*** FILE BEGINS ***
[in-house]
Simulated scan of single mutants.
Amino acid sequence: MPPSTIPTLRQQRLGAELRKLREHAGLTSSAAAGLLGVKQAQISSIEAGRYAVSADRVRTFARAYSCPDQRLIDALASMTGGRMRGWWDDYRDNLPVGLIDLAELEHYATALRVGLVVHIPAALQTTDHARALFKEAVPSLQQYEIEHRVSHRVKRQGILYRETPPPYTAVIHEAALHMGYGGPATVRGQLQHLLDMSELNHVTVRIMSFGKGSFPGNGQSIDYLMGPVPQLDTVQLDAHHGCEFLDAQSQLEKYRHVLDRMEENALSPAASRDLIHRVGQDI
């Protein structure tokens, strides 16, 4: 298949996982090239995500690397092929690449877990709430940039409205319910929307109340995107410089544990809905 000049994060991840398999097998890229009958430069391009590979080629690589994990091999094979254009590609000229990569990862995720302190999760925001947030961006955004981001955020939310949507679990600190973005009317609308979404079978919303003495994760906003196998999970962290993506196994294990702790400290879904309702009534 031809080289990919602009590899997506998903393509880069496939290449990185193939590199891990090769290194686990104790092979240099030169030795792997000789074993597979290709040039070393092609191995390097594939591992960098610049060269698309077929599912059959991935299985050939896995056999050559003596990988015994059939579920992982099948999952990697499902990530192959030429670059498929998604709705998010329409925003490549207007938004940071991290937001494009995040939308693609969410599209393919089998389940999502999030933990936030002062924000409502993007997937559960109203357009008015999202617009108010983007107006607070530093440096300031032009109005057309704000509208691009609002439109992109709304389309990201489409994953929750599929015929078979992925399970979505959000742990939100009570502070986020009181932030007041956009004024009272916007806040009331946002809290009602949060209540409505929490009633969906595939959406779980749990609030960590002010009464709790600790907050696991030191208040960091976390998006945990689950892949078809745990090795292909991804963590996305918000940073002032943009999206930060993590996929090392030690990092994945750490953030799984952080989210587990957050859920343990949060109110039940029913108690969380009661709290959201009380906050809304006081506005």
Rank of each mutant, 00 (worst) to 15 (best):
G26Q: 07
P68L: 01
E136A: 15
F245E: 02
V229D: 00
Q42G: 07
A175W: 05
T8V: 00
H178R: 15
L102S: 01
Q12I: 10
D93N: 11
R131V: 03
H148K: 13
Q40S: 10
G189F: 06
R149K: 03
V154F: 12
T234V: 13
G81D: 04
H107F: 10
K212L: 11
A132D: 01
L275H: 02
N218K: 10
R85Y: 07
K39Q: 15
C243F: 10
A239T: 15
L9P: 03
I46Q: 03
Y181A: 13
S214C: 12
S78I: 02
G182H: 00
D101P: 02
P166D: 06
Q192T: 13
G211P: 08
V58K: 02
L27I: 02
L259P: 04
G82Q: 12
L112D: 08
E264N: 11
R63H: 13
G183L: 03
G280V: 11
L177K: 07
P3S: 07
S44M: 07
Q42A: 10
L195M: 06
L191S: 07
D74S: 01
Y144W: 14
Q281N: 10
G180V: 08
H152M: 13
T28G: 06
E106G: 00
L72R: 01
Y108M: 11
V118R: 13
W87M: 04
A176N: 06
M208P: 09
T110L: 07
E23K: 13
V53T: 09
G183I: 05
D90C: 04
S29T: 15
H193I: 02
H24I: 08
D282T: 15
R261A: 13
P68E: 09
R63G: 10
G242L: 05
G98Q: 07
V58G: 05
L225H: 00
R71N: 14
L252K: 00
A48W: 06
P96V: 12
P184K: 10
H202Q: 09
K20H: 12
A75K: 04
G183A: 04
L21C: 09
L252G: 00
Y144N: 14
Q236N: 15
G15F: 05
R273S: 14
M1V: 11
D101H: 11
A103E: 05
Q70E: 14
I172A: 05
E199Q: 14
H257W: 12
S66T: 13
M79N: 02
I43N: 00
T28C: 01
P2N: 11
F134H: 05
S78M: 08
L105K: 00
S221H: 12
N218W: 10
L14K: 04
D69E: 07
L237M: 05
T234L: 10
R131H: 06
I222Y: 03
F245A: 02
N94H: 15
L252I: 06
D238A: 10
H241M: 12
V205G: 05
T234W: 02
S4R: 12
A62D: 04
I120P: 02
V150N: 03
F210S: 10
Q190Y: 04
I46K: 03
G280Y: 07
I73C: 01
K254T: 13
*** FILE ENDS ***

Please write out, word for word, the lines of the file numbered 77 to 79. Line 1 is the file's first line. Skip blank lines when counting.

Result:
D90C: 04
S29T: 15
H193I: 02